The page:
NBC 7’s Ben Rosehart discusses why the Lakers should consider Luke Walton as the team’s future head coach in this commentary.
The Los Angeles Lakers are a mess.
The Purple and Gold are expected to miss the playoffs for the 3rd straight season which would be the first time in the franchise’s history. And after the first few weeks of the season, whatever they are doing on the court is obviously not working.
I’m predicting right now that within the next 3 years - Luke Walton, the San Diego native – will be the next good Lakers coach.
Doesn’t mean he will be the next coach. But when the Lakers turn the corner and get back on the road to relevance – I expect Luke to be in the driver’s seat.
Walton is currently earning his coaching “driver’s permit” as interim head coach of the defending champion Golden State Warriors.
This season the Lakers have an aging star in future Hall of Famer Kobe Bryant, who is starting his Derek Jeter-like farewell tour around the NBA in what is probably his final season.
It doesn’t take a basketball savant to realize that the Lakers’ future lies in the young players on the roster. This includes recent first round draft picks Julius Randle, D’Angelo Russell and the underrated Larry Nance, Junior along with emerging star Jordan Clarkson.
But if you think current head coach Byron Scott is leading the Lakers back to relevance, you need to sit the next few plays out.
Scott has spent the past 3 decades in the league and certainly has forgotten more basketball than most of us will ever know.
He enjoyed a 14-year NBA career with more than a decade as a Laker. For all you trivia fans out there, Scott was actually drafted by the then-San Diego Clippers with the 4th pick in the 1983 draft.
After transitioning to the coaching ranks, Scott patrolled the sidelines for years as head coach with the Nets, Hornets and Cavaliers before coming full circle and returning to the Lakers. But this latest experiment has gone awry – similar to how the Lebron-less days in Cleveland were tough to watch.
Just like his teams were in Cleveland, the Lakers are stagnant on offense. There’s a lot of 1-on-1 isolation plays and rushed shots without the flow of an actual offense. If you saw that awkward backwards shot by Marcelo Huertas in their latest uninspiring loss against the Miami Heat – you know exactly what I’m talking about.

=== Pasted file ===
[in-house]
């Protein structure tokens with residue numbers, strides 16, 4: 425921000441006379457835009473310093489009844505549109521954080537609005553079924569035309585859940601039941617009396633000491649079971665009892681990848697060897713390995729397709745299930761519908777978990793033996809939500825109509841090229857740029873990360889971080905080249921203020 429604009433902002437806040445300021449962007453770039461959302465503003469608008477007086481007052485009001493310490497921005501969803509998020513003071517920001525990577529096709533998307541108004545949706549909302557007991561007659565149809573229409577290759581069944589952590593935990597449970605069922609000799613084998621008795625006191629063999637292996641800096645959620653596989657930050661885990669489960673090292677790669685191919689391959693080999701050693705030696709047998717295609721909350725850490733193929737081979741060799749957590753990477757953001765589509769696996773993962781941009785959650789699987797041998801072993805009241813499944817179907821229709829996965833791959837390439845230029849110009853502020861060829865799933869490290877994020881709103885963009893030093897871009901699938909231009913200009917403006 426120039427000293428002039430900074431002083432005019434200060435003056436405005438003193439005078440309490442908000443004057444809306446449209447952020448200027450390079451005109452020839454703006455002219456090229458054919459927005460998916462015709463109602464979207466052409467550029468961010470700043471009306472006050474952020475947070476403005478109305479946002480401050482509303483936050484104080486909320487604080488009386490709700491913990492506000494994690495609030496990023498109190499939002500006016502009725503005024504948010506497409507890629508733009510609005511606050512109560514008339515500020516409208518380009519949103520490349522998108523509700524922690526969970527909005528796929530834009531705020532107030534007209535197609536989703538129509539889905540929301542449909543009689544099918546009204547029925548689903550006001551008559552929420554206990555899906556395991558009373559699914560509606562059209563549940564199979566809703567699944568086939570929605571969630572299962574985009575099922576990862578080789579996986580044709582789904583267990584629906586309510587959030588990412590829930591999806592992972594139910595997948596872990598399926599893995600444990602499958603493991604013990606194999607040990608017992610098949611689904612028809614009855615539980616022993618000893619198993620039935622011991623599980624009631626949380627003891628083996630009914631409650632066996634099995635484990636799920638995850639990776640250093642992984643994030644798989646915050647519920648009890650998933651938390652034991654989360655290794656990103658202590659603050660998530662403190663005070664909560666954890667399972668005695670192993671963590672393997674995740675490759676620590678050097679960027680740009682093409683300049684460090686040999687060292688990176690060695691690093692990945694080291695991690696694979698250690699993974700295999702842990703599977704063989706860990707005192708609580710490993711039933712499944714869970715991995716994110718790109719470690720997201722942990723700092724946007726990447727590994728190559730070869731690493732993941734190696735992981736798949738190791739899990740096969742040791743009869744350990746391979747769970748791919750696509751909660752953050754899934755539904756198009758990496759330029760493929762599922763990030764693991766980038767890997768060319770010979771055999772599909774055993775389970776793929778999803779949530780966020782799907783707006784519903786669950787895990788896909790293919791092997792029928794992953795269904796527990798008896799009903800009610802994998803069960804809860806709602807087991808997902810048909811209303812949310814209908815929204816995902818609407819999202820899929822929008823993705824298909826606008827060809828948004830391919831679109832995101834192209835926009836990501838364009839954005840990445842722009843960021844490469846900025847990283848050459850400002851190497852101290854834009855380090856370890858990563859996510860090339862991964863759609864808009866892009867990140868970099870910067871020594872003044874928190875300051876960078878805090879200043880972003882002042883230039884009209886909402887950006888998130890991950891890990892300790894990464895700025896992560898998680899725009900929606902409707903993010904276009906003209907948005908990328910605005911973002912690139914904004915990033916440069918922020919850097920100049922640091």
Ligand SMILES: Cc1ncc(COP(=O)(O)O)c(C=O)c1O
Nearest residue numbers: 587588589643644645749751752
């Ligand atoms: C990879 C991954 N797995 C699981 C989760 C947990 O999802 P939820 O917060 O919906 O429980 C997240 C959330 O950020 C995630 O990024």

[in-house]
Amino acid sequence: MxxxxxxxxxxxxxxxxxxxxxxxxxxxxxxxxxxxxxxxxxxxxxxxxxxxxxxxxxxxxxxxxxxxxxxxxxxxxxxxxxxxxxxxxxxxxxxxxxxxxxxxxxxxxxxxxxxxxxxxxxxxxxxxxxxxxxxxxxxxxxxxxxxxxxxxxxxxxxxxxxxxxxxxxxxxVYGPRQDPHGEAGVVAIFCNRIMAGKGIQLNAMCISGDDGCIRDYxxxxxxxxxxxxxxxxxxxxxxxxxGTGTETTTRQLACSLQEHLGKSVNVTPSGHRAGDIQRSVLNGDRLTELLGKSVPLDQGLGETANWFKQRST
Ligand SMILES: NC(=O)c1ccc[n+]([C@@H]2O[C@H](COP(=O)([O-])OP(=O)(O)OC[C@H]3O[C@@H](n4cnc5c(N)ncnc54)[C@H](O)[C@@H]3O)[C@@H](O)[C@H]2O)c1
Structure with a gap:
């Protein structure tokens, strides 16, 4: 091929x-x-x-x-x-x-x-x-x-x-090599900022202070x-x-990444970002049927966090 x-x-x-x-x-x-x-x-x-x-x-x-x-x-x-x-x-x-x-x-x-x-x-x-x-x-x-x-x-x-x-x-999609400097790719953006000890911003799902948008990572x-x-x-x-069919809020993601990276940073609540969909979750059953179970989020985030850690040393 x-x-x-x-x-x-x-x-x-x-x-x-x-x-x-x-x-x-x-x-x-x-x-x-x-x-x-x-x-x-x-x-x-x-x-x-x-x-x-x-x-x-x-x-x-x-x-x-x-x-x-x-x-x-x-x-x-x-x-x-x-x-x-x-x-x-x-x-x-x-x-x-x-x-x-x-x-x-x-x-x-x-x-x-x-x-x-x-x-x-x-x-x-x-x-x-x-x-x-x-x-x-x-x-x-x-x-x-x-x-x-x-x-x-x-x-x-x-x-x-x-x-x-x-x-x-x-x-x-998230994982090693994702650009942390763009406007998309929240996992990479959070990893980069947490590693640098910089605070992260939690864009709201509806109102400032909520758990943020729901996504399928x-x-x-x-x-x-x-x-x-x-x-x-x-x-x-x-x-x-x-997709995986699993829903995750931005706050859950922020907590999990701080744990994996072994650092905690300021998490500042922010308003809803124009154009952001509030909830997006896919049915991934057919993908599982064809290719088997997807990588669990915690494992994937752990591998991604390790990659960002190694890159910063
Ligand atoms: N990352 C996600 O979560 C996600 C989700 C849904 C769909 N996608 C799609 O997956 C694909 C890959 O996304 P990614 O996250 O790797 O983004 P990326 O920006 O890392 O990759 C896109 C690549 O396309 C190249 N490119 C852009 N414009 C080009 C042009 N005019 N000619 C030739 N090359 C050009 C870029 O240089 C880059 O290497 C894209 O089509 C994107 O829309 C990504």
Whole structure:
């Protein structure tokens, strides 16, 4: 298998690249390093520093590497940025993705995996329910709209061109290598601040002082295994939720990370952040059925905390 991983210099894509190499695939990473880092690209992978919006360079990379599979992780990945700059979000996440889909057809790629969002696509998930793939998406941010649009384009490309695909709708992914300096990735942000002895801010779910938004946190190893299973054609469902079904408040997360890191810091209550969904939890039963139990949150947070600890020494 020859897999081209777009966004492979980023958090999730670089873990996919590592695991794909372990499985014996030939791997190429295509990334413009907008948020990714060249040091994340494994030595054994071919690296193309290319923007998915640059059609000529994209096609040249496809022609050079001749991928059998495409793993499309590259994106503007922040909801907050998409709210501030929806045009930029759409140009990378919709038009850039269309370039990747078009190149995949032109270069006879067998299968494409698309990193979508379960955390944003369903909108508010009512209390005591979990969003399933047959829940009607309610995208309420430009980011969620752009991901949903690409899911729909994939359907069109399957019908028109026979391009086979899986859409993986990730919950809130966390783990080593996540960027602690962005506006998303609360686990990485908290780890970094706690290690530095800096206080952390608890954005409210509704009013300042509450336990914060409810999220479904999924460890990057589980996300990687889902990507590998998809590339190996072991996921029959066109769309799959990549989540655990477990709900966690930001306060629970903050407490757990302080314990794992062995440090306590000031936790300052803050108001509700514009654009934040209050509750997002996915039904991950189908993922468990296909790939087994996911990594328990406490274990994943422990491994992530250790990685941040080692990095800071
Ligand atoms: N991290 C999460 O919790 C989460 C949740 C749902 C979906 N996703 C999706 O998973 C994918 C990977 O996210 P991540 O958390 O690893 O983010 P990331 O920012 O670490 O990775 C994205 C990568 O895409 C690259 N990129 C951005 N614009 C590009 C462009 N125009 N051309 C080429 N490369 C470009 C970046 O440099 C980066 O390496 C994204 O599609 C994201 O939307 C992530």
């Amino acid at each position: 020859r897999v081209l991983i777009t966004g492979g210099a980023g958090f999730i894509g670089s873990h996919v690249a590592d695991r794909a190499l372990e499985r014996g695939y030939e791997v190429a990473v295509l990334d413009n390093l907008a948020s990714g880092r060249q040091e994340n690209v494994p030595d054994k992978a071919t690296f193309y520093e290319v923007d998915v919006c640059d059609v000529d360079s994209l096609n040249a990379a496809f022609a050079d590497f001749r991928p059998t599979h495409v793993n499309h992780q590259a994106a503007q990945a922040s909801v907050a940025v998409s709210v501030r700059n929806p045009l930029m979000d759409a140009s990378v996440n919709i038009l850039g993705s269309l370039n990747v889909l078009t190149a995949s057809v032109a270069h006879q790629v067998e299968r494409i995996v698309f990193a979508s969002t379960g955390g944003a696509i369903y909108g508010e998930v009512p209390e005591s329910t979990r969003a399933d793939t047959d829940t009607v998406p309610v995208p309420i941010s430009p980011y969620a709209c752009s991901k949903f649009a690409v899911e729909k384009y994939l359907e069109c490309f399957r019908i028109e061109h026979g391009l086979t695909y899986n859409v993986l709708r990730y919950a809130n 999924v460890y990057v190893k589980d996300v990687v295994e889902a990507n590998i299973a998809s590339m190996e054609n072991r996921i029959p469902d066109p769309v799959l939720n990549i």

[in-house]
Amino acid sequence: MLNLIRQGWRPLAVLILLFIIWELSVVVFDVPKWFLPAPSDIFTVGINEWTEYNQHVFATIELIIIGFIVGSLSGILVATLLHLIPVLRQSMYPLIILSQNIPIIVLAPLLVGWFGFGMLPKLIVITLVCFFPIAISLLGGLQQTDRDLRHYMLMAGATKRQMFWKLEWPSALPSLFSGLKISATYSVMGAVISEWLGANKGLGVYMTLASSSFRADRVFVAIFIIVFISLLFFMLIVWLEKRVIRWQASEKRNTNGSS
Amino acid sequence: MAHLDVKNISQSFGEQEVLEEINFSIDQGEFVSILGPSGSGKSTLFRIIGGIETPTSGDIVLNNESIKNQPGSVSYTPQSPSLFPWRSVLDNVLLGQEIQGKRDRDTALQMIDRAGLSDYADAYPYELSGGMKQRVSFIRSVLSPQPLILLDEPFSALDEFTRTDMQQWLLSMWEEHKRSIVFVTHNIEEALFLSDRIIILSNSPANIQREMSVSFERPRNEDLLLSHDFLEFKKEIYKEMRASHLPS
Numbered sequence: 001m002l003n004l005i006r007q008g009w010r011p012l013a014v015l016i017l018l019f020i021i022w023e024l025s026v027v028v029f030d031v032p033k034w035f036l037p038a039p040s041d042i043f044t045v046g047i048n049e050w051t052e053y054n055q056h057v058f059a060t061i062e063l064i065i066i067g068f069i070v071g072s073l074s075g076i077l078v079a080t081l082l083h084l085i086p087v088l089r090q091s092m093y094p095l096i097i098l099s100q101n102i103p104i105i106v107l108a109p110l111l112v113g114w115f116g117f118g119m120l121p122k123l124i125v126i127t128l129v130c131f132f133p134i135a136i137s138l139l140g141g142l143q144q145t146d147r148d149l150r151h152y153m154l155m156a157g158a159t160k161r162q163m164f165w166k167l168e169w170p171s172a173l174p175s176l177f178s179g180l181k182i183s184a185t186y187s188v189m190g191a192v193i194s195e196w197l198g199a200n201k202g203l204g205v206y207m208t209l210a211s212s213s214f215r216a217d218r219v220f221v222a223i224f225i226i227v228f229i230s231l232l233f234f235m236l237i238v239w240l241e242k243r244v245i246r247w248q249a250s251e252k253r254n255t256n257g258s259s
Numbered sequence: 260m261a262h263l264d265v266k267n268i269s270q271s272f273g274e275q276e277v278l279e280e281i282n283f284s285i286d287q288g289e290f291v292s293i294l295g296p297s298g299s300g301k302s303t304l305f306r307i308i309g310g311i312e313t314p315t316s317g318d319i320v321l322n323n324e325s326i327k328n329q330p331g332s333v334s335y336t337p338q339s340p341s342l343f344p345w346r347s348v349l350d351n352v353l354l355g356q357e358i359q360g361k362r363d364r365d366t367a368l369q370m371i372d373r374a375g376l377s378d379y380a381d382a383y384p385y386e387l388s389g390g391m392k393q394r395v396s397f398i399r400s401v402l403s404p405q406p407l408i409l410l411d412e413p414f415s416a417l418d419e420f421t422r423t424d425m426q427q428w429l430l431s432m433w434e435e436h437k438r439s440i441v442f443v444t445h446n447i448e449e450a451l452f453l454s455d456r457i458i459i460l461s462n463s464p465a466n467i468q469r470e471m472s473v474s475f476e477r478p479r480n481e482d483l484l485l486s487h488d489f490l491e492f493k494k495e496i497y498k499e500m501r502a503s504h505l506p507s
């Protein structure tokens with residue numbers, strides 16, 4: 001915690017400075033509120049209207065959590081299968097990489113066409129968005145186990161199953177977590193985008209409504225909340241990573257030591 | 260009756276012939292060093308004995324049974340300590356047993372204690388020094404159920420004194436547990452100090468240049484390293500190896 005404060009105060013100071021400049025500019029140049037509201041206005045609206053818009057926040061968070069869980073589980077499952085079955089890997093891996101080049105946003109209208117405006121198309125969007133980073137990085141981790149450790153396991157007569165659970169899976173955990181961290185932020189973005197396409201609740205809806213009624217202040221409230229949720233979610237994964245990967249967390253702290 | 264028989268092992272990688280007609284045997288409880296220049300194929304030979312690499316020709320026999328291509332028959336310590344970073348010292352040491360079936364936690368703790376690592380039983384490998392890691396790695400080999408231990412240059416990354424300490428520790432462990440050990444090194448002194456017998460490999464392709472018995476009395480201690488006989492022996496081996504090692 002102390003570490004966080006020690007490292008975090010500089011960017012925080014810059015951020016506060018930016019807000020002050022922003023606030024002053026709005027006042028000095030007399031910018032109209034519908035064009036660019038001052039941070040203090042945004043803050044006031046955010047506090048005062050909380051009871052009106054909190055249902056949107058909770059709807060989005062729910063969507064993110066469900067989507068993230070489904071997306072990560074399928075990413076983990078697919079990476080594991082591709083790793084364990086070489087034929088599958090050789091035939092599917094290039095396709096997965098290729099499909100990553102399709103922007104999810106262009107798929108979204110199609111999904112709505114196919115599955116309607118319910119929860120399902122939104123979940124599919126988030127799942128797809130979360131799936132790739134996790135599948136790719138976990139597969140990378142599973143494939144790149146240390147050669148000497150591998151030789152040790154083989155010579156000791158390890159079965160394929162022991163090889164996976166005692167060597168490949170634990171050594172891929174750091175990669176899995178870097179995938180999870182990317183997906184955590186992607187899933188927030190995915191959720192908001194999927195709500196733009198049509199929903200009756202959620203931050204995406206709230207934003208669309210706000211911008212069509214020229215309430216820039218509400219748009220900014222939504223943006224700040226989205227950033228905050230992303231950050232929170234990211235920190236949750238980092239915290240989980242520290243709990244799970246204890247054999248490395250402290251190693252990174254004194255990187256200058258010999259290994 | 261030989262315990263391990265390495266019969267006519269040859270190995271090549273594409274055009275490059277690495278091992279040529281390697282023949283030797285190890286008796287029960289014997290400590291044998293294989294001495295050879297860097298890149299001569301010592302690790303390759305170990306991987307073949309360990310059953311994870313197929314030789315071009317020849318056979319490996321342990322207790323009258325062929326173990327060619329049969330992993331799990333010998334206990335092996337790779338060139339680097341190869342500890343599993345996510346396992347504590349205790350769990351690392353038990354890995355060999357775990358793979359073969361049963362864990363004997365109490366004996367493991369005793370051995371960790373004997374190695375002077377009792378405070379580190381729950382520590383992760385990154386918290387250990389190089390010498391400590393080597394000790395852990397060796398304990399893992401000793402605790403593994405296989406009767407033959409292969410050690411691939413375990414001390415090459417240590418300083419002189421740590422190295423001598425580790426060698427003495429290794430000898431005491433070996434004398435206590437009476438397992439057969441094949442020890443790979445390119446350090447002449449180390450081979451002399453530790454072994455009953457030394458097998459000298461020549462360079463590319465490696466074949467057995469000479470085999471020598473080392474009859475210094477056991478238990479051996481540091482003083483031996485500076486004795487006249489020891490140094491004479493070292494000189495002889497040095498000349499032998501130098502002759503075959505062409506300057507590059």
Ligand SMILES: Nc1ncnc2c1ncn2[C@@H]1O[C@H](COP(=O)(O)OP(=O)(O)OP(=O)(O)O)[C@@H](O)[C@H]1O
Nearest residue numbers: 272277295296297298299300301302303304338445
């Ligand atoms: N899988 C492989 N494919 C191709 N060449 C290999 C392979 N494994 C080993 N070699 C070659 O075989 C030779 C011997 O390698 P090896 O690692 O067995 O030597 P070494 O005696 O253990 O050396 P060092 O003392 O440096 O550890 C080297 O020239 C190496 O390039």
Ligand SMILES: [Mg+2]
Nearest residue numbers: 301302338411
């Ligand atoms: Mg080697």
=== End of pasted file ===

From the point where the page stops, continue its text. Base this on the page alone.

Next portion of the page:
This is where Walton and the Warriors come in.
The Dubs are demolishing opponents left and right and they play beautiful, unselfish basketball.
If League MVP Steph Curry, sharpshooter Klay Thompson, and defensive antagonist Draymond Green all stay healthy, the Warriors should be well on their way for another deep playoff run.
Make no mistake, there are a lot of coaches that could look really good if they were given all the talent on the Warriors. But as is the case with many jobs, you learn by doing. If you get the reps, it gives you a chance to get into a rhythm and evolve when you put in the effort.
In a recent interview with Sports Illustrated, Walton said, “I believe in learning from your teachers and I’ve had some great ones. There’s things I take from Steve Kerr, things I take from Phil Jackson, things I take from [longtime University of Arizona coach] Lute Olson. There’s things I take from everyone that I’ve worked with.”
Kerr did the same as a player, broadcaster and team official. He was coached by Jackson and Greg Popovich, and has countless connections throughout the league dating back to his college days at Arizona and his time as Suns general manager.
Walton maintains publicly that he is just keeping the seat warm for Kerr to return from his back surgery issues and is relishing his current opportunity in the interim.
But he also has admitted that it’s a lot of extra stress being the final decision-maker for rotations, schemes, and other changes that are made on the fly.
It’s obvious that Walton is young enough to connect with many current NBA players and also known for being a good communicator. Look no further than NBA Finals MVP Andre Iguodala.
Iguodala credits his former Wildcats teammate for helping him understand his role in college and later in the pros. Walton made a name for himself by developing a high-basketball IQ despite not being the fastest or most talented player on the floor.
Eventually, Iguodala realized his full potential at the University of Arizona as he transitioned from playing as a high school star with freakish athletic ability, to a role player that focused on defense, unselfish passes and those “glue plays” that keep a championship-caliber team together.
Think about that. Defense. Unselfish passes. Glue Plays.
Iguodala was a huge reason why the Warriors won their 1st NBA title in 40 years last season, and Walton played a big role in bringing the best out of him.
The Lakers need someone that can do that as they try to reboot the system and get back into the playoffs.
Don’t be surprised if you hear Luke get his chance when that head coaching job at the Staples Center opens up. You heard it here first.